March 15, 2012
Bernstein Liehhard LLP today announced that it has filed a case in the Delaware Chancery Court relating to the proposed takeover of Great Wolf Resorts, Inc. (“Great Wolf” or the “Company”) by Apollo Global Management, LLC (“Apollo”). Plaintiffs allege that the Great Wolf Board of Directors has breached their fiduciary duties to Great Wolf shareholders by failing to undertake a process to obtain maximum value and adequately compensate the Company’s shareholders.
On March 13, 2012, Apollo commenced a tender offer to Great Wolf shareholders to purchase all outstanding shares of Great Wolf common stock for $5.00 per share. Also on March 13, 2012, Great Wolf announced that it had entered into a definitive merger agreement (the “Merger Agreement”) to be acquired by an affiliate of Apollo after the close of the tender offer. The tender offer is scheduled to close on April 10, 2012.
Plaintiffs allege that the $5.00 offer price is inadequate consideration for Great Wolf shareholders. Indeed, according to the tender offer documents filed by Great Wolf, the Company accepted Apollo’s offer despite the fact that there was a higher offer for Great Wolf from another party on the table. Further, the inadequacy of the consideration offered has not been lost on the analyst community. For example, on March 13, 2012 Richard Nackenson, a portfolio manager for Neuberger Berman Multi-Cap Opportunities Fund, a large shareholder of Great Wolf, in an interview with Bloomberg First Word stated that: $5.00 per share undervalues the Company; based on the 2013 equity free cash flow yield of 12.5% the Company is worth $8.00 per share; and based on EV/EBITA for 2013 the Company is worth $9.00 per share.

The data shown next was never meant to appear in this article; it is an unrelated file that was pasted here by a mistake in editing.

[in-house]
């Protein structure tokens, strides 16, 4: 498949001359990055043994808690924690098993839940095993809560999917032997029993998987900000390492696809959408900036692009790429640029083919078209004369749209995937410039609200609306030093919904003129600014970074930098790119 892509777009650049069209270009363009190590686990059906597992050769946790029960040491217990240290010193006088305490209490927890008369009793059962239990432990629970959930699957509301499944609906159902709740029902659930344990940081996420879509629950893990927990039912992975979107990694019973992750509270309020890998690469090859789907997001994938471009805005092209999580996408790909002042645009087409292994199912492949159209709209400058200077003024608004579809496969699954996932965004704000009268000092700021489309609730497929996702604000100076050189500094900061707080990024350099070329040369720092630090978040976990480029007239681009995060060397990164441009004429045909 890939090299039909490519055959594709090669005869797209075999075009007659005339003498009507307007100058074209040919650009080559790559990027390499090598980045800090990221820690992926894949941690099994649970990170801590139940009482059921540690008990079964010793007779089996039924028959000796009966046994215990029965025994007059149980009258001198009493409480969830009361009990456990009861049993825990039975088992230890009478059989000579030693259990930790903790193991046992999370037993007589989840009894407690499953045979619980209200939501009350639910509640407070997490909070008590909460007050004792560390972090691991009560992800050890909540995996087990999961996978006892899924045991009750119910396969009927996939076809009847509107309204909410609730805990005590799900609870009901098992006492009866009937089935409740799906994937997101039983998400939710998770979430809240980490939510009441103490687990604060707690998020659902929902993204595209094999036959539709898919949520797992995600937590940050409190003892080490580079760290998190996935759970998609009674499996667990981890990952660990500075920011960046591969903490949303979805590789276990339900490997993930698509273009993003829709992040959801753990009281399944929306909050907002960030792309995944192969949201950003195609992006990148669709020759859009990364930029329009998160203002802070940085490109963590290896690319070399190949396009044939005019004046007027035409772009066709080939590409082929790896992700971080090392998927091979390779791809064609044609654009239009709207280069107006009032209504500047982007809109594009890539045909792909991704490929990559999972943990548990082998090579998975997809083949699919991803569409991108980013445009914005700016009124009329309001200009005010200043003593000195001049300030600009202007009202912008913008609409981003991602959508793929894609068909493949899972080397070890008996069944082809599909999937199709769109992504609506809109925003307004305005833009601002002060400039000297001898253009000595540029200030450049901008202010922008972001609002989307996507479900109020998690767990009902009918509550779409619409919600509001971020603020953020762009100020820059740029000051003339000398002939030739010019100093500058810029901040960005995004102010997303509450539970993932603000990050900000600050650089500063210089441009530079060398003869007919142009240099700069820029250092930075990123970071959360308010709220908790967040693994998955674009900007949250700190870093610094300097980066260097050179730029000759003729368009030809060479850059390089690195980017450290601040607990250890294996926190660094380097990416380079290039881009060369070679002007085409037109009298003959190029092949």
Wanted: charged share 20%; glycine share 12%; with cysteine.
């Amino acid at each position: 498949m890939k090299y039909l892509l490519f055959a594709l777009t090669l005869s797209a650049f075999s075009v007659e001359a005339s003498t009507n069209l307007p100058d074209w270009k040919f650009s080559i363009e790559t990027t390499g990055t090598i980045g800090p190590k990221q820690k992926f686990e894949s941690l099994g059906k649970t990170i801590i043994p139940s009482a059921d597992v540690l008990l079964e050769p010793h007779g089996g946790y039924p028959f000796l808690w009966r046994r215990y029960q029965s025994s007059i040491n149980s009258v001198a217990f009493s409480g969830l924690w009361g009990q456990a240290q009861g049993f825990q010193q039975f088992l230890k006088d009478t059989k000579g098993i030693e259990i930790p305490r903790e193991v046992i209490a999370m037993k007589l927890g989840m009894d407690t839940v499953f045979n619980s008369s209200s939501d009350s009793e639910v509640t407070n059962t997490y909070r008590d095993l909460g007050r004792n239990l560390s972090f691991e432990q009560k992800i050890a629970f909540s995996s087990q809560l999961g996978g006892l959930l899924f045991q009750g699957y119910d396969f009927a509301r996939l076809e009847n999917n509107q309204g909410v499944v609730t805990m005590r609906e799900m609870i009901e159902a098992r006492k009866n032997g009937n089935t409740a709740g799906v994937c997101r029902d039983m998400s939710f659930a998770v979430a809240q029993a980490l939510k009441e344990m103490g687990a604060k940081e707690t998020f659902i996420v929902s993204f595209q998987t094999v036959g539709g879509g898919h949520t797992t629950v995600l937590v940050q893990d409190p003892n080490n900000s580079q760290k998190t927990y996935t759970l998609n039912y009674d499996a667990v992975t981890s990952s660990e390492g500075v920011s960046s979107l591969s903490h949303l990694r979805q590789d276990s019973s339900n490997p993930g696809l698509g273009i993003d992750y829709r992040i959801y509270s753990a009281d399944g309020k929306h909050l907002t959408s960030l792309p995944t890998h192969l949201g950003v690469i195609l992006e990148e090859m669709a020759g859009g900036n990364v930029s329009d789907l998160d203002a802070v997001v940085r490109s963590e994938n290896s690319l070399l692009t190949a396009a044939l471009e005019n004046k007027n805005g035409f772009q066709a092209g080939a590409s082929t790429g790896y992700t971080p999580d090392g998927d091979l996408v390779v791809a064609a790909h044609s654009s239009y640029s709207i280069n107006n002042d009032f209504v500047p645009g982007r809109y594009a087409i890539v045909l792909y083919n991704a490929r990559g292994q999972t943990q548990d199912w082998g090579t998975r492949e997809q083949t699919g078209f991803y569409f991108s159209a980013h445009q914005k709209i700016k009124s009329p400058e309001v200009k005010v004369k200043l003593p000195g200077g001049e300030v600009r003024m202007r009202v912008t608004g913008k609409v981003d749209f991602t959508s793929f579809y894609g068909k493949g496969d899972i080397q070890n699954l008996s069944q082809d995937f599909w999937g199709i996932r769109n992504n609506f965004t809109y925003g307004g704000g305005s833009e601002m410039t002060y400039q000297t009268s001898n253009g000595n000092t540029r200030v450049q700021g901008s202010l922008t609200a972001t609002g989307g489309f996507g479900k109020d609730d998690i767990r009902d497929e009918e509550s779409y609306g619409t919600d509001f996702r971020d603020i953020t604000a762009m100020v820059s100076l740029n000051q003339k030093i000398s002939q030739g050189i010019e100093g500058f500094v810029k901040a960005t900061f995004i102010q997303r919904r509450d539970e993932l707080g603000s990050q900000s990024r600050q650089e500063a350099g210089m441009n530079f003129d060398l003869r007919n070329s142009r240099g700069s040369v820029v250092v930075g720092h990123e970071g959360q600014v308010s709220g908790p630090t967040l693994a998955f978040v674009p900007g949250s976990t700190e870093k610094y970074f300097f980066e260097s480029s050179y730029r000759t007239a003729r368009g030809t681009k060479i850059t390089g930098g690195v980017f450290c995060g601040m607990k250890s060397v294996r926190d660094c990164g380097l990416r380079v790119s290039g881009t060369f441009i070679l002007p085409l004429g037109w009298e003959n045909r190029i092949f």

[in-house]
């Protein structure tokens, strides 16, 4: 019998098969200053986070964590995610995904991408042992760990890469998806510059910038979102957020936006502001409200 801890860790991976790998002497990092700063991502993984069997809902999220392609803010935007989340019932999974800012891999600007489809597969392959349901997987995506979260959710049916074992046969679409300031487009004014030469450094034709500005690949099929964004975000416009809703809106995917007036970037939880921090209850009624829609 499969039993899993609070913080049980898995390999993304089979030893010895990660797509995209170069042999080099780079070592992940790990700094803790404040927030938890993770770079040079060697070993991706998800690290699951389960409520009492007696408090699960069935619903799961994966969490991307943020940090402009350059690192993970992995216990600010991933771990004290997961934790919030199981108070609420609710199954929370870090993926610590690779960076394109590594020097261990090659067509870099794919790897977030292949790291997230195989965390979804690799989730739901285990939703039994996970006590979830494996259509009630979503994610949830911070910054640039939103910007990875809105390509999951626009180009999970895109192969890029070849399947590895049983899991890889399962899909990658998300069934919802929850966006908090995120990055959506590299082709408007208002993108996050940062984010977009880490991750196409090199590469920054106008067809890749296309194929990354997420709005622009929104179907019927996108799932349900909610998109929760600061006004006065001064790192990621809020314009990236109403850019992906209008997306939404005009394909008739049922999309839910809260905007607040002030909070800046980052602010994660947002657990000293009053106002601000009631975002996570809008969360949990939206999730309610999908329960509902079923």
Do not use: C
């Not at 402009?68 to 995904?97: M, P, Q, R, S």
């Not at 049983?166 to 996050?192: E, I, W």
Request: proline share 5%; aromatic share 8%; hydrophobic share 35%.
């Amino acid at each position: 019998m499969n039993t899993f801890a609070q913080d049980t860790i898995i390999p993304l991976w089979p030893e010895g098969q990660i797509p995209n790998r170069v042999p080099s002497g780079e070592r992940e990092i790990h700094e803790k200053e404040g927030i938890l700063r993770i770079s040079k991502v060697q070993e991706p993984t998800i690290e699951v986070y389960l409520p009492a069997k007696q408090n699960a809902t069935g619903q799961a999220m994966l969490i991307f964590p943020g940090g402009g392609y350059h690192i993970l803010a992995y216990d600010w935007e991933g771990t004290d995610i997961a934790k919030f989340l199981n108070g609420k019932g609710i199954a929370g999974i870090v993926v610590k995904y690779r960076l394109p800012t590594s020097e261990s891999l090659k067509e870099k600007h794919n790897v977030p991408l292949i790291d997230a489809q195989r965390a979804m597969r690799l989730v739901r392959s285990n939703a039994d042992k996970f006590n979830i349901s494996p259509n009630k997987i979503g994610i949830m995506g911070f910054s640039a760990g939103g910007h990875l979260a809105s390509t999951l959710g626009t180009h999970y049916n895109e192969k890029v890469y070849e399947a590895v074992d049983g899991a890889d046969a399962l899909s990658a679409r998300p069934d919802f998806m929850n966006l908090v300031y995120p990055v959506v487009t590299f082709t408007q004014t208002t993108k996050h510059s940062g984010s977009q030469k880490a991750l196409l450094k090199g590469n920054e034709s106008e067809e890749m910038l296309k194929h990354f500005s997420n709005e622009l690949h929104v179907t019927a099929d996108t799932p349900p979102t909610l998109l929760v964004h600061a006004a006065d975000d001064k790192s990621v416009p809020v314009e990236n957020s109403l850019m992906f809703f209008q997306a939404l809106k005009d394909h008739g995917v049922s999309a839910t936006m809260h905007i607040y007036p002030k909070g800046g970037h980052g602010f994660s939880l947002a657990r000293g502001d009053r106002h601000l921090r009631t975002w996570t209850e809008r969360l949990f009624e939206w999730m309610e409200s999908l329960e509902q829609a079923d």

The Merger Agreement also contains preclusive deal protection devices that do not benefit the Company or its stockholders, but, instead, benefit Apollo. For example, pursuant to the Merger Agreement, the Board is prohibited from soliciting or considering competing bids for the Company and was required to adopt a ‘poison pill’ shareholder rights’ plan (which it has done). The Company must also pay a termination fee of $5.3 million to Apollo if the Great Wolf Board withdraws or alters its recommendation of the proposed transaction. Apollo also has three business days to match any competing proposal in the event one is made to Great Wolf, thereby chilling any competing bids. Finally, the Merger Agreement contains a so-called “Top-Up Option” giving Apollo the right, if it acquires over 50% of Company shares, to buy enough new Great Wolf shares at $5.00 for Apollo to obtain 90% ownership. Such 90% ownership would allow a short-form merger and avoid a shareholder vote.
If you would like a copy of the complaint, are interested in discussing your rights as a Great Wolf shareholder, or have information relating to the matter, please contact Joseph R. Seidman, Jr. at (877) 779-1414 or email@example.com.
Bernstein Liebhard has pursued hundreds of securities, consumer and shareholder rights cases and recovered over $3 billion for its clients. It has been named to The National Law Journal’s “Plaintiffs’ Hot List” in each of the last nine years.